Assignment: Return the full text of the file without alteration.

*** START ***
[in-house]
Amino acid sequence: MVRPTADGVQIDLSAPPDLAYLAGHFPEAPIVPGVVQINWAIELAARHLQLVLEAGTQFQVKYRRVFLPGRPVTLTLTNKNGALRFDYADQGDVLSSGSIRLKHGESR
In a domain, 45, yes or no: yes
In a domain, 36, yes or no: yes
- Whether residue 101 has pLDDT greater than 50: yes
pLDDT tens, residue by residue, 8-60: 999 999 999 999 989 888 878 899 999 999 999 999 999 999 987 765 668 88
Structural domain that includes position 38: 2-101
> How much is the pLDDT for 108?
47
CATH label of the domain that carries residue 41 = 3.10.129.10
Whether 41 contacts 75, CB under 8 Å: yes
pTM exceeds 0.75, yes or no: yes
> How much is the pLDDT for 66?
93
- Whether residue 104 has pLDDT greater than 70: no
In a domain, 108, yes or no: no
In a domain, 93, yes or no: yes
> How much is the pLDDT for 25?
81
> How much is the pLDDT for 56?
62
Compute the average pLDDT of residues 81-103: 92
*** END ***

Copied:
[in-house]
Amino acid sequence: MVRPTADGVQIDLSAPPDLAYLAGHFPEAPIVPGVVQINWAIELAARHLQLVLEAGTQFQVKYRRVFLPGRPVTLTLTNKNGALRFDYADQGDVLSSGSIRLKHGESR
In a domain, 45, yes or no: yes
In a domain, 36, yes or no: yes
- Whether residue 101 has pLDDT greater than 50: yes
pLDDT tens, residue by residue, 8-60: 999 999 999 999 989 888 878 899 999 999 999 999 999 999 987 765 668 88
Structural domain that includes position 38: 2-101
> How much is the pLDDT for 108?
47
CATH label of the domain that carries residue 41 = 3.10.129.10
Whether 41 contacts 75, CB under 8 Å: yes
pTM exceeds 0.75, yes or no: yes
> How much is the pLDDT for 66?
93
- Whether residue 104 has pLDDT greater than 70: no
In a domain, 108, yes or no: no
In a domain, 93, yes or no: yes
> How much is the pLDDT for 25?
81
> How much is the pLDDT for 56?
62
Compute the average pLDDT of residues 81-103: 92